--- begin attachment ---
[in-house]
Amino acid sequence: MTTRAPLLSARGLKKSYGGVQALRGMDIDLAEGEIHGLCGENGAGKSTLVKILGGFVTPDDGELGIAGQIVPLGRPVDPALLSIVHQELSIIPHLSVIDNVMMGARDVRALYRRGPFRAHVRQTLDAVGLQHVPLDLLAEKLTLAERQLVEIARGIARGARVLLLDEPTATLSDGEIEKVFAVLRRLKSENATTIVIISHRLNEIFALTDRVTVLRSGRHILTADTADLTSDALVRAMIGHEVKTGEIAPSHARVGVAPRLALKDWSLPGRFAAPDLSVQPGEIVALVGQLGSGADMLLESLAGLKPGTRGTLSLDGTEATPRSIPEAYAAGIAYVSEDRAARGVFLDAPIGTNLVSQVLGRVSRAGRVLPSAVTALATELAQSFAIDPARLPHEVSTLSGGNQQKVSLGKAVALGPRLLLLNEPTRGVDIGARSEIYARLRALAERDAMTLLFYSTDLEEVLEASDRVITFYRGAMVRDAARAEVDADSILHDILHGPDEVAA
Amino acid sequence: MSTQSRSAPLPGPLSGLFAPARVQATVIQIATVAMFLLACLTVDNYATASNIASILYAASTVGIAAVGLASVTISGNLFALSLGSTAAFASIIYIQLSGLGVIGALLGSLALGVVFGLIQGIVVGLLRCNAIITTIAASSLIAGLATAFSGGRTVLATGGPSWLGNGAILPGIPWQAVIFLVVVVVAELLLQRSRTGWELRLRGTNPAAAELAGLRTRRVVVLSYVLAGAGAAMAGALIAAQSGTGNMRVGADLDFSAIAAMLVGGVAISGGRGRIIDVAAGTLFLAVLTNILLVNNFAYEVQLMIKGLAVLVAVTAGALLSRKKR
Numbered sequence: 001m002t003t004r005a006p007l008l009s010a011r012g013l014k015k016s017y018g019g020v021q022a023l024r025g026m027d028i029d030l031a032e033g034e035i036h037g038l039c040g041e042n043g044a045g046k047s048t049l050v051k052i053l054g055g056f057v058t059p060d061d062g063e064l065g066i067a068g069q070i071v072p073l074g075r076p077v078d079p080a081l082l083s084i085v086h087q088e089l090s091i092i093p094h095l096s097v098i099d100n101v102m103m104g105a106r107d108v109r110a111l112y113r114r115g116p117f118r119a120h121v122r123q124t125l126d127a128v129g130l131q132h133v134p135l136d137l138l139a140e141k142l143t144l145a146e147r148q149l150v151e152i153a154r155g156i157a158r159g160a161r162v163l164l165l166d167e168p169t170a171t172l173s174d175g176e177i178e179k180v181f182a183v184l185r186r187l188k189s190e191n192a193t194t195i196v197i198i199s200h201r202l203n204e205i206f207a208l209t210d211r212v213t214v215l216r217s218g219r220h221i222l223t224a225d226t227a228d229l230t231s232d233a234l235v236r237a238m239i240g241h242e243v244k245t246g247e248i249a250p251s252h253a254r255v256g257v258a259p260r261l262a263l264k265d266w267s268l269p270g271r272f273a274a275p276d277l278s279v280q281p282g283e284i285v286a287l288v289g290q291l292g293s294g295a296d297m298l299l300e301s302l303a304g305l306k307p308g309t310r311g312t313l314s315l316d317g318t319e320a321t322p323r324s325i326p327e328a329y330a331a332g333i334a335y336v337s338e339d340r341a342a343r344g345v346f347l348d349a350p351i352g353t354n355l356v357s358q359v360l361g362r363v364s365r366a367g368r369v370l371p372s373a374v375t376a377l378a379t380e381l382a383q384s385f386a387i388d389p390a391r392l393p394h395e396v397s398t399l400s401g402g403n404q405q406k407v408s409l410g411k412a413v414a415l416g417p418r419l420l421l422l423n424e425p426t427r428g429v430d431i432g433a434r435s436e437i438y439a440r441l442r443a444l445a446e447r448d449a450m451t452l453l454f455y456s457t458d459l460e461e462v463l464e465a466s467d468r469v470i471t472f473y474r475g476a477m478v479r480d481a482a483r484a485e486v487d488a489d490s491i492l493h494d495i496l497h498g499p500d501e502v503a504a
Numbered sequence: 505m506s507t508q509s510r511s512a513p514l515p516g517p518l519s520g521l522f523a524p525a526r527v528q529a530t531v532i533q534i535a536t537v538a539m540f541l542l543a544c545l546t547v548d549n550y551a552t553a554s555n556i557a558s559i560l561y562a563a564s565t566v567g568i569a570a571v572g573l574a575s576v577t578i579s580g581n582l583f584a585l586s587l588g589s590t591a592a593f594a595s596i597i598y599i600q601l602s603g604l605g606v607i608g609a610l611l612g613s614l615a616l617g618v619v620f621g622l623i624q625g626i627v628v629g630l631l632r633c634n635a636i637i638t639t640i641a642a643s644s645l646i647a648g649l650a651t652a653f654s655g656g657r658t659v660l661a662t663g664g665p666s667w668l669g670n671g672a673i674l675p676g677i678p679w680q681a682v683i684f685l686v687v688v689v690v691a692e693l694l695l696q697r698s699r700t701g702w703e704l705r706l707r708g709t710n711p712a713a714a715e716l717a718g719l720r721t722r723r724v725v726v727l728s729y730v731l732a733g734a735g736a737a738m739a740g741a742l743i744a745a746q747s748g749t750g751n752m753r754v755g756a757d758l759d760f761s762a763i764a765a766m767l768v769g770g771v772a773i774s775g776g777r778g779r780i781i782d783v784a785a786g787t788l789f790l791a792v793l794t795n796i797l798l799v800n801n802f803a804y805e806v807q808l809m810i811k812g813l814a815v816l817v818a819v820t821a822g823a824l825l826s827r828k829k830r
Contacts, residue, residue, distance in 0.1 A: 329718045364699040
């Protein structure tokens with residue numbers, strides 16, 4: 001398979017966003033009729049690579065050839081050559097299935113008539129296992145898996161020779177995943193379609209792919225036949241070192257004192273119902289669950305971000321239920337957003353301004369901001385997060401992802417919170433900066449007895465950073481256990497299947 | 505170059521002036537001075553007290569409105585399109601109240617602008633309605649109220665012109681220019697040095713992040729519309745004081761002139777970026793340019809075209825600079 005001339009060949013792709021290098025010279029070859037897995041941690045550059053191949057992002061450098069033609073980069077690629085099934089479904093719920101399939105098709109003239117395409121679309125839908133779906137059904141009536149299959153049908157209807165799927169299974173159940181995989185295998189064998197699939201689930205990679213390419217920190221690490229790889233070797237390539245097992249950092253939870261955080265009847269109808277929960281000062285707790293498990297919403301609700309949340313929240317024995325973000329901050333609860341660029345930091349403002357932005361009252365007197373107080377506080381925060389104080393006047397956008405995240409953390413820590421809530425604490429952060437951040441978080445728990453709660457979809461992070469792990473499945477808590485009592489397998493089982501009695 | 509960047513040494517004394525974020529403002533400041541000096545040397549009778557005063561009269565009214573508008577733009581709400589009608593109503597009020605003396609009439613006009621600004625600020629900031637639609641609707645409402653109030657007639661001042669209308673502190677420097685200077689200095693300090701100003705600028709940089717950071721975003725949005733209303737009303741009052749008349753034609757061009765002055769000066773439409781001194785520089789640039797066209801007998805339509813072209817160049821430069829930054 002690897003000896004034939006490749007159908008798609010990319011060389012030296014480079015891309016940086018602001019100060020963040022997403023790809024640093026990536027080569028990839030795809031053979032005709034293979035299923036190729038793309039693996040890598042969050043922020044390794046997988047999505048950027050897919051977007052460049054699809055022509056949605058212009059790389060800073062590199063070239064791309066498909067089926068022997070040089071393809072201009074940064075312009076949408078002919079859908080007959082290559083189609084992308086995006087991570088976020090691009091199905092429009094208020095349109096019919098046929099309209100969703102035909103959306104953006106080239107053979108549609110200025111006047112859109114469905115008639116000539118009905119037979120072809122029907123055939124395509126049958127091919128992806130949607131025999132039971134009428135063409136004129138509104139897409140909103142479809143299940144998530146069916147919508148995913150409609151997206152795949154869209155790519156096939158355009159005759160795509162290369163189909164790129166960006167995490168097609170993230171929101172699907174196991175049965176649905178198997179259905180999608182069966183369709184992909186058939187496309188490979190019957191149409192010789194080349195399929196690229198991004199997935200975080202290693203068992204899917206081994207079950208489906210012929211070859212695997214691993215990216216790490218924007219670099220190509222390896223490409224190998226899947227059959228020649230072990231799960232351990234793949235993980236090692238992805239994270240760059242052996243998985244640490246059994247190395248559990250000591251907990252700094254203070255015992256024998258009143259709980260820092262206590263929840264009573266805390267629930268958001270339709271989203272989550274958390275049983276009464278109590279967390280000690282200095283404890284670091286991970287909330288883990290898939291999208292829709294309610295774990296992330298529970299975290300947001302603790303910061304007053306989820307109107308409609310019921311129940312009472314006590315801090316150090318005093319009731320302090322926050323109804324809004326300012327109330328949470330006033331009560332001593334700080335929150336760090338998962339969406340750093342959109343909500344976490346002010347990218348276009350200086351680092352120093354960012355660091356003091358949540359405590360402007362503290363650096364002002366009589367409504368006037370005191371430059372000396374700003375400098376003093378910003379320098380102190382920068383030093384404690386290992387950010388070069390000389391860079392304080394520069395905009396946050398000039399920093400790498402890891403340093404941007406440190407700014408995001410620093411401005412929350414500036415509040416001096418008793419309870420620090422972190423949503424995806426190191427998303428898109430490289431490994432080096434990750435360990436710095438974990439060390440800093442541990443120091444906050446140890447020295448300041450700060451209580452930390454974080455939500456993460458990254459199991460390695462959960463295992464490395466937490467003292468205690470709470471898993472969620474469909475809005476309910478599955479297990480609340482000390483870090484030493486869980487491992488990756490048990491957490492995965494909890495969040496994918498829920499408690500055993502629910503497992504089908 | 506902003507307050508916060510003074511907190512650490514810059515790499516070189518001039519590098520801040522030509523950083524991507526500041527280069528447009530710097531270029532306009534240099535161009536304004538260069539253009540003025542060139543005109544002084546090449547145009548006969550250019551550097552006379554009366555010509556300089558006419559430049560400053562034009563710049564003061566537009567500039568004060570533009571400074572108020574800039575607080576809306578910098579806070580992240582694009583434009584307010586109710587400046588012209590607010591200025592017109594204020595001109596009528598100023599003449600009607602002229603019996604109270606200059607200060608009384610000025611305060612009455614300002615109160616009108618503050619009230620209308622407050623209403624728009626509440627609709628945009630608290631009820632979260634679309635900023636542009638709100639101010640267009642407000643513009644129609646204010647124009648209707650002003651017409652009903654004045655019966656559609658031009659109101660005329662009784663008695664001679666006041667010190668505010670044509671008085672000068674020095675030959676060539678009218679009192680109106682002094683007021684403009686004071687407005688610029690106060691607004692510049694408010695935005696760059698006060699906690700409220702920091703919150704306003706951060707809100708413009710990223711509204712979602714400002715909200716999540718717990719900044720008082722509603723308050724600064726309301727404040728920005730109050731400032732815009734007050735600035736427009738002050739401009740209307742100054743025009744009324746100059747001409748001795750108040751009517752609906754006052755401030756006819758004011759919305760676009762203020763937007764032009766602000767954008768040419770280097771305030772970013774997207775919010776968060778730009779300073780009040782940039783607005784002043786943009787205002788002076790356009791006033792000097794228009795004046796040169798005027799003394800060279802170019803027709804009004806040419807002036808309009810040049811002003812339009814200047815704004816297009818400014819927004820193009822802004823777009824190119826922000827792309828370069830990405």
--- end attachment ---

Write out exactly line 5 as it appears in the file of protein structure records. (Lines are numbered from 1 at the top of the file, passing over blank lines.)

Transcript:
Numbered sequence: 505m506s507t508q509s510r511s512a513p514l515p516g517p518l519s520g521l522f523a524p525a526r527v528q529a530t531v532i533q534i535a536t537v538a539m540f541l542l543a544c545l546t547v548d549n550y551a552t553a554s555n556i557a558s559i560l561y562a563a564s565t566v567g568i569a570a571v572g573l574a575s576v577t578i579s580g581n582l583f584a585l586s587l588g589s590t591a592a593f594a595s596i597i598y599i600q601l602s603g604l605g606v607i608g609a610l611l612g613s614l615a616l617g618v619v620f621g622l623i624q625g626i627v628v629g630l631l632r633c634n635a636i637i638t639t640i641a642a643s644s645l646i647a648g649l650a651t652a653f654s655g656g657r658t659v660l661a662t663g664g665p666s667w668l669g670n671g672a673i674l675p676g677i678p679w680q681a682v683i684f685l686v687v688v689v690v691a692e693l694l695l696q697r698s699r700t701g702w703e704l705r706l707r708g709t710n711p712a713a714a715e716l717a718g719l720r721t722r723r724v725v726v727l728s729y730v731l732a733g734a735g736a737a738m739a740g741a742l743i744a745a746q747s748g749t750g751n752m753r754v755g756a757d758l759d760f761s762a763i764a765a766m767l768v769g770g771v772a773i774s775g776g777r778g779r780i781i782d783v784a785a786g787t788l789f790l791a792v793l794t795n796i797l798l799v800n801n802f803a804y805e806v807q808l809m810i811k812g813l814a815v816l817v818a819v820t821a822g823a824l825l826s827r828k829k830r